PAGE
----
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Thrills for the week

September 26
The patter of little poets: When Crofton-Ebert Elementary School students put pen to paper, out came a fantastic pastiche of funny, sweet and imaginative poetry, collected in the book When Elephants Smash the School. Toads in the Garden, an ongoing Thursday night poetry series on the Auraria campus, will take a short turn in the road tonight to present Smashing Elephants, a presentation of works by the book's tender troubadours as interpreted by a crack adult ensemble--including Mari Christie, SETH, Rosanna Frechette, Robert Ferriter and Don Becker, local artists, poets and teachers all. Toads, held weekly at the Daily Grind Coffeehouse in the Tivoli Student Union, 900 S. Auraria Pkwy., begins at 7:30 with a reading open to anyone brave enough to sign up for a trip to the mike; the scheduled program follows at 8. A $2 donation ($1 students) is requested at the door; call 573-JAVA or 697-1317.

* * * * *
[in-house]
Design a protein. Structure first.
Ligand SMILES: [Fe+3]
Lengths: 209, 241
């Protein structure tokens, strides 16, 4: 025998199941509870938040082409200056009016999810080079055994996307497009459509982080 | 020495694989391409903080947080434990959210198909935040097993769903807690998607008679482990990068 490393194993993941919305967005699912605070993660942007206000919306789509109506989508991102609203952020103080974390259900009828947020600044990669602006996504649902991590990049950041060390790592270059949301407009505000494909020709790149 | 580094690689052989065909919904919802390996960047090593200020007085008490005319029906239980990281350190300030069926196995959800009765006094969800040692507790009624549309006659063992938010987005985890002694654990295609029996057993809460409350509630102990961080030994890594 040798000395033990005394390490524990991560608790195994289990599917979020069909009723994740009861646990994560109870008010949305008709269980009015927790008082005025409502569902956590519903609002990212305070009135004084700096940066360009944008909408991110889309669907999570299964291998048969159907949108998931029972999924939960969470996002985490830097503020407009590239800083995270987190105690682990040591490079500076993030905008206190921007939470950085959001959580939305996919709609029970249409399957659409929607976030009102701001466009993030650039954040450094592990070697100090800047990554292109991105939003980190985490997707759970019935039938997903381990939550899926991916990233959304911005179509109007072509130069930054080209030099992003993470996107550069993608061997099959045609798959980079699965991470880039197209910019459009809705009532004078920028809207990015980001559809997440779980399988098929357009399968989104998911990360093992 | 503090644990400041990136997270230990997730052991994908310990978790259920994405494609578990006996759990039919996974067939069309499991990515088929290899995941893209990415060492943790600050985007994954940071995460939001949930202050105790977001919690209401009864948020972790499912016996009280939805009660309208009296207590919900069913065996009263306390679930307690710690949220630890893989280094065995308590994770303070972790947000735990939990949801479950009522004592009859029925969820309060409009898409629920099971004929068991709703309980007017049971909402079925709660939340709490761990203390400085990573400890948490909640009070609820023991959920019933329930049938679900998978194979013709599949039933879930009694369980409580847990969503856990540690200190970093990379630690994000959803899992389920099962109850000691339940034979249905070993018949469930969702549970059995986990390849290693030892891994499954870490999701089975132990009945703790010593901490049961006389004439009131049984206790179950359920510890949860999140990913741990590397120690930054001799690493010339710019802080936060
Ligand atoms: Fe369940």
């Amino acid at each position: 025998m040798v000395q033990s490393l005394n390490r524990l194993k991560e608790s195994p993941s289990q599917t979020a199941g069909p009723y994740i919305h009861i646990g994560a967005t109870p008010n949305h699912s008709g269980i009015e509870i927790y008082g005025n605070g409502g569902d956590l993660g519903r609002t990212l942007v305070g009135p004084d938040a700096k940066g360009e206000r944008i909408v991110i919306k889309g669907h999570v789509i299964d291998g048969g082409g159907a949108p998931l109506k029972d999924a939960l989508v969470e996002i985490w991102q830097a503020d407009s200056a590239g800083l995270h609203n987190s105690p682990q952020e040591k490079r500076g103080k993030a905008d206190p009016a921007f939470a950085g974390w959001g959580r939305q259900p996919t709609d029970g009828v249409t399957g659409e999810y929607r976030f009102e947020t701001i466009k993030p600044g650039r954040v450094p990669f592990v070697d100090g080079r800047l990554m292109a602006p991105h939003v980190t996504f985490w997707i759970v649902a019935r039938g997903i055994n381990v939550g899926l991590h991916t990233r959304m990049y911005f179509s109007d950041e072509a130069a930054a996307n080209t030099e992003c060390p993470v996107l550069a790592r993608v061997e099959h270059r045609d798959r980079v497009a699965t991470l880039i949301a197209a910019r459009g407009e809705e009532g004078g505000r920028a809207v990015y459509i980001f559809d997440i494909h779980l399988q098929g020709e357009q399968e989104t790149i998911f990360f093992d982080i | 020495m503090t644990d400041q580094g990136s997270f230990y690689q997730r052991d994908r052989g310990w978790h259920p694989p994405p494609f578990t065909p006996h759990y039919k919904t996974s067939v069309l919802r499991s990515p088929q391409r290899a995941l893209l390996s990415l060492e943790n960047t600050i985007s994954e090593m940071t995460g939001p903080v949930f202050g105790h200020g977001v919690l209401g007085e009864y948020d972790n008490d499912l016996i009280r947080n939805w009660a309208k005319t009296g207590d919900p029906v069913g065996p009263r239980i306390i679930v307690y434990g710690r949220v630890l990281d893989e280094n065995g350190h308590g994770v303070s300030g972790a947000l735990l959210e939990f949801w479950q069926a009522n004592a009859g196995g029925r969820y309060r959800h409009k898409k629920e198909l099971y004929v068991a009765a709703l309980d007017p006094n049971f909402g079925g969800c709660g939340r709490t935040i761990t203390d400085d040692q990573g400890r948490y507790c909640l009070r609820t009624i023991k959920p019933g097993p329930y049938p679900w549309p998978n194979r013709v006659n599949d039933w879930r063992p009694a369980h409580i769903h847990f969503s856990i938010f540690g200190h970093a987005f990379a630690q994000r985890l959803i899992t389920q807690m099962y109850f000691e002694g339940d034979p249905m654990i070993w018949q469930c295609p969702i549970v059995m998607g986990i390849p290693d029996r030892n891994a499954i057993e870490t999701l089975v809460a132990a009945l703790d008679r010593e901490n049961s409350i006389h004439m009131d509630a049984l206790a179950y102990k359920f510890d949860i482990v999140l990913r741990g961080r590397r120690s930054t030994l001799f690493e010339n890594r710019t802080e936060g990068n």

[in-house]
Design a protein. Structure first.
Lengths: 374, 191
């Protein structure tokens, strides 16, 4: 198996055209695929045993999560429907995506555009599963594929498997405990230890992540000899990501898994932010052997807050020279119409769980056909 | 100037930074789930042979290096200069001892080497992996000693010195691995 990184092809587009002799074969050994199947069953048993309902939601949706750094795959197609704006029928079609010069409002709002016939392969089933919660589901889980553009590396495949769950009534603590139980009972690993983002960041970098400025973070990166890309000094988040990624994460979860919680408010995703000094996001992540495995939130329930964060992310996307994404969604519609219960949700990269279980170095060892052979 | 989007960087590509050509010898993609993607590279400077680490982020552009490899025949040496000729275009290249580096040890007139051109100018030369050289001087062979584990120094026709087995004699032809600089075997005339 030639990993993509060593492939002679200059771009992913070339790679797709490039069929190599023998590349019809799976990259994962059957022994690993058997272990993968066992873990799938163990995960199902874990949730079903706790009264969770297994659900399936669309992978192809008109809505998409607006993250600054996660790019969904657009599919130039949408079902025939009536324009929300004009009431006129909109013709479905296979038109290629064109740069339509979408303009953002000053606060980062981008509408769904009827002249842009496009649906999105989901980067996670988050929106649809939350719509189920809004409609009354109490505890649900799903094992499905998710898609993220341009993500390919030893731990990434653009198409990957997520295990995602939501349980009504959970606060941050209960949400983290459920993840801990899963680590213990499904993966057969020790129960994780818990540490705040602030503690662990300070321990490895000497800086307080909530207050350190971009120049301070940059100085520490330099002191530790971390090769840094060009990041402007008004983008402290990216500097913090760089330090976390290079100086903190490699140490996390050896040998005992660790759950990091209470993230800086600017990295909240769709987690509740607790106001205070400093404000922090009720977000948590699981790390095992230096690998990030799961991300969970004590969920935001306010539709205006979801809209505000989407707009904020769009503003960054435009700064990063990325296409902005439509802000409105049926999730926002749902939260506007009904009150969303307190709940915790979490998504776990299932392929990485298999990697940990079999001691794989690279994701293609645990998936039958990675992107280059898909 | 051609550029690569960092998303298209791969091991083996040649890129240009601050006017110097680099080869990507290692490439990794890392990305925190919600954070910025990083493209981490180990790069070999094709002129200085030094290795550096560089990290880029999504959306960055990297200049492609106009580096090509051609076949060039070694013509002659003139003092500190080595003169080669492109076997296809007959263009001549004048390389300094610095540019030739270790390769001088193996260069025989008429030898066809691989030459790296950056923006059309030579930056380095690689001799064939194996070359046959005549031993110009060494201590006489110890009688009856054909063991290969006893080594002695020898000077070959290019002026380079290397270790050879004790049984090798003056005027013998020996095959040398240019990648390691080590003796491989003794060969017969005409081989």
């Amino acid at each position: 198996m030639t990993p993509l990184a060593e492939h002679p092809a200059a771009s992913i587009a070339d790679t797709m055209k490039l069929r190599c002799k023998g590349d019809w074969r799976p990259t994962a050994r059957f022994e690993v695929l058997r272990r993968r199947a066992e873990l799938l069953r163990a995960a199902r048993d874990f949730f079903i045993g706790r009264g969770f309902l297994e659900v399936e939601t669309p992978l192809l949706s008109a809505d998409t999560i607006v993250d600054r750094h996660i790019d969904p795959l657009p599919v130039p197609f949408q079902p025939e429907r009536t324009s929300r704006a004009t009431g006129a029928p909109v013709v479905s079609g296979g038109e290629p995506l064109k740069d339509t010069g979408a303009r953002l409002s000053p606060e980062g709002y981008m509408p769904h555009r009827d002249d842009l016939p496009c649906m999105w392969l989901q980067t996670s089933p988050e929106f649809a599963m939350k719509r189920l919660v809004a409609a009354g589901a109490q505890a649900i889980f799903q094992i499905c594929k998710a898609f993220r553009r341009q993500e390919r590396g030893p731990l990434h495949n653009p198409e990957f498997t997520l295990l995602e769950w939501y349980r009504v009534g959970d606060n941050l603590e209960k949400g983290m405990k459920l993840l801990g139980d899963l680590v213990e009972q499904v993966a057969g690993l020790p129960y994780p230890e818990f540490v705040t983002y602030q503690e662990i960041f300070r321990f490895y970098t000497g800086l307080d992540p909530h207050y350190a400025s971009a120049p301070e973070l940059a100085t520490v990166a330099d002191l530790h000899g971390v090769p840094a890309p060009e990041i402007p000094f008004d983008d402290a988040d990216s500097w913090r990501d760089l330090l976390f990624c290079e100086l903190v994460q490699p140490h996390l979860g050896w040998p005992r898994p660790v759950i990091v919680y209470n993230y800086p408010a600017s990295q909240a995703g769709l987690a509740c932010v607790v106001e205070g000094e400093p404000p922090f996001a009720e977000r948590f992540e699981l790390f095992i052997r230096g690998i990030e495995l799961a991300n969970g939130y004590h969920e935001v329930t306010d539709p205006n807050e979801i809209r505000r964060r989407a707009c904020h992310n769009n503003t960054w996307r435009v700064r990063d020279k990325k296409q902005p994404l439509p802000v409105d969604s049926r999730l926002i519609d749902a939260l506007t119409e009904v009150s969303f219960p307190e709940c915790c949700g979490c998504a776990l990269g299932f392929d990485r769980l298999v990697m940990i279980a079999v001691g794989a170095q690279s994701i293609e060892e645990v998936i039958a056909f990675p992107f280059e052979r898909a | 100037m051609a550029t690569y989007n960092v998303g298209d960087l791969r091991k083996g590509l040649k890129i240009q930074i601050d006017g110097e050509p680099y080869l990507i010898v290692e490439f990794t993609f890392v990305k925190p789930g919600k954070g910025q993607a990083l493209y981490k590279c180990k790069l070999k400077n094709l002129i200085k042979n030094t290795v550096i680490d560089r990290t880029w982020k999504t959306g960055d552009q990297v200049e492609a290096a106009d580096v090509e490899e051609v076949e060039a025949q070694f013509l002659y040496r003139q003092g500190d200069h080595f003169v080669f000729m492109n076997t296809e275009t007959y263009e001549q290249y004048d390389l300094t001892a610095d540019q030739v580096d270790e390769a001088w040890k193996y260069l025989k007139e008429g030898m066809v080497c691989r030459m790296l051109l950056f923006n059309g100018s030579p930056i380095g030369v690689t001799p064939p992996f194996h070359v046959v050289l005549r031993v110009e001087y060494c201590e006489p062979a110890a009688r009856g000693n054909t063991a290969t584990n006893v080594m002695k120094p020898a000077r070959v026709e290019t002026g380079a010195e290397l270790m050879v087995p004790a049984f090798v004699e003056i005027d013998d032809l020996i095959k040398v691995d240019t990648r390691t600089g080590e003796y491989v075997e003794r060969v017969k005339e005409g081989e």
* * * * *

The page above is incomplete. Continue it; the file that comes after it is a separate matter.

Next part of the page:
Beer, here: There are educational booths and video displays at the Great American Beer Festival that detail the brewing process and remind you to be conservative with the rate at which you put 'em away. But you know why you're there: because the rapidly expanding fest features samples of beers, stouts, ales and other heady concoctions served up in six-ounce cups by as many as 350 different breweries, representatives of which have gathered here to chew the foam at trade meetings and competitions. Public tasting sessions, your end of the stick, will be held from 5:30 to 10 nightly, today through Saturday at Currigan Exhibition Hall, 1324 Champa St. General admission is $25 in advance ($28 at the door); call 447-0126 to reserve tickets.

September 27